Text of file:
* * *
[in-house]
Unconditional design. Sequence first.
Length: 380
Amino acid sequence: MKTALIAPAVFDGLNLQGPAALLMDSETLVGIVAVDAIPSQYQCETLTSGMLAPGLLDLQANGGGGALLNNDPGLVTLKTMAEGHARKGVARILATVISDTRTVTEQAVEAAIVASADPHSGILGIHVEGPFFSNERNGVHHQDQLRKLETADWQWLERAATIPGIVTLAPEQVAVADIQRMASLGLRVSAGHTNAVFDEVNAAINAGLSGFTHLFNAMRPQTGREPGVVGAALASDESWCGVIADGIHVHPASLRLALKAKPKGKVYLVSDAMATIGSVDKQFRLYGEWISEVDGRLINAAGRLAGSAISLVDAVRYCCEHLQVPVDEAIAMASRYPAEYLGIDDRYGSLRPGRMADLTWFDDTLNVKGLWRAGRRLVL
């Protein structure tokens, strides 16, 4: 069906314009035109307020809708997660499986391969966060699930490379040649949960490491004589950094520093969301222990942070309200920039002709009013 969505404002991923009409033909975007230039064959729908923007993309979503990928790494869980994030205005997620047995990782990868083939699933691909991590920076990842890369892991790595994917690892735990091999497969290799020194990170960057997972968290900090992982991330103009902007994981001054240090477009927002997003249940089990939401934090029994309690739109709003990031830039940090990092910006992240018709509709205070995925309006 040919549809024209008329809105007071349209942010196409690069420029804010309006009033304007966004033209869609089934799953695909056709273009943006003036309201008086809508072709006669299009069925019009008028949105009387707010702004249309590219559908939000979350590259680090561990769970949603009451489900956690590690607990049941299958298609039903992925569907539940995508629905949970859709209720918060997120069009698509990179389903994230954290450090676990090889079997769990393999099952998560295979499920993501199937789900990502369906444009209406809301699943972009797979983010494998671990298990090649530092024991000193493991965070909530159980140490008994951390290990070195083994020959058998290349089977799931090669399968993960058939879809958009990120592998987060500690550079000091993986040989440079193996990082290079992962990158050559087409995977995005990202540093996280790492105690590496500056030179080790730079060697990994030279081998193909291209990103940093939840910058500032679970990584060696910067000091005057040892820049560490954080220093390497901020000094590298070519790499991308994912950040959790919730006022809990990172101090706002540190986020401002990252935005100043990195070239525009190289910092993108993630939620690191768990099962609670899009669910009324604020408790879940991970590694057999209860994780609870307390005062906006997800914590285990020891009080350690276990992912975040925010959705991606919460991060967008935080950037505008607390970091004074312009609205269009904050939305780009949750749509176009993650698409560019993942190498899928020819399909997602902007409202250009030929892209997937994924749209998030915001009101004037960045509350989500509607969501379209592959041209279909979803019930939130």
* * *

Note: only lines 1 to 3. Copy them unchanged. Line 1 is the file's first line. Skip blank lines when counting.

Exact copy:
[in-house]
Unconditional design. Sequence first.
Length: 380